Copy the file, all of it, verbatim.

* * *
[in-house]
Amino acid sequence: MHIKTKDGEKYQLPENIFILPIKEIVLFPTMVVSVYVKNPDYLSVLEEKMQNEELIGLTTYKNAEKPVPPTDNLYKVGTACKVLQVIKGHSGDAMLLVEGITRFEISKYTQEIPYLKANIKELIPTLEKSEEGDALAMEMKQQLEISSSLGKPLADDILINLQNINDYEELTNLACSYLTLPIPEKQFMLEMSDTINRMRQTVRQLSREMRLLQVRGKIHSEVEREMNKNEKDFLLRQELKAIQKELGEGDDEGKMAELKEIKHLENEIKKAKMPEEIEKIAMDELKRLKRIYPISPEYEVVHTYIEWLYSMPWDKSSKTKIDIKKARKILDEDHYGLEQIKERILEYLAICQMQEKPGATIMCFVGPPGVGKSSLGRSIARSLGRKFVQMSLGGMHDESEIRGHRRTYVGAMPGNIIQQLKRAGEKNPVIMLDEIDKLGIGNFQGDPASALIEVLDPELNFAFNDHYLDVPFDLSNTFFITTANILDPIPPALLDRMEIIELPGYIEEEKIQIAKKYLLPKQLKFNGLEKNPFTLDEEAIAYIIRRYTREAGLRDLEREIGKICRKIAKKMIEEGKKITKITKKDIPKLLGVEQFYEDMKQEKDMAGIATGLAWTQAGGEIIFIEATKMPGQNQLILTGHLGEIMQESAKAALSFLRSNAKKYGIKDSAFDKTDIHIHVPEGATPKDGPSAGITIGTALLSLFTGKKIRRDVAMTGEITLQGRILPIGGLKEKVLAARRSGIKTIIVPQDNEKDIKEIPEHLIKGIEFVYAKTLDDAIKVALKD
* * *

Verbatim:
[in-house]
Amino acid sequence: MHIKTKDGEKYQLPENIFILPIKEIVLFPTMVVSVYVKNPDYLSVLEEKMQNEELIGLTTYKNAEKPVPPTDNLYKVGTACKVLQVIKGHSGDAMLLVEGITRFEISKYTQEIPYLKANIKELIPTLEKSEEGDALAMEMKQQLEISSSLGKPLADDILINLQNINDYEELTNLACSYLTLPIPEKQFMLEMSDTINRMRQTVRQLSREMRLLQVRGKIHSEVEREMNKNEKDFLLRQELKAIQKELGEGDDEGKMAELKEIKHLENEIKKAKMPEEIEKIAMDELKRLKRIYPISPEYEVVHTYIEWLYSMPWDKSSKTKIDIKKARKILDEDHYGLEQIKERILEYLAICQMQEKPGATIMCFVGPPGVGKSSLGRSIARSLGRKFVQMSLGGMHDESEIRGHRRTYVGAMPGNIIQQLKRAGEKNPVIMLDEIDKLGIGNFQGDPASALIEVLDPELNFAFNDHYLDVPFDLSNTFFITTANILDPIPPALLDRMEIIELPGYIEEEKIQIAKKYLLPKQLKFNGLEKNPFTLDEEAIAYIIRRYTREAGLRDLEREIGKICRKIAKKMIEEGKKITKITKKDIPKLLGVEQFYEDMKQEKDMAGIATGLAWTQAGGEIIFIEATKMPGQNQLILTGHLGEIMQESAKAALSFLRSNAKKYGIKDSAFDKTDIHIHVPEGATPKDGPSAGITIGTALLSLFTGKKIRRDVAMTGEITLQGRILPIGGLKEKVLAARRSGIKTIIVPQDNEKDIKEIPEHLIKGIEFVYAKTLDDAIKVALKD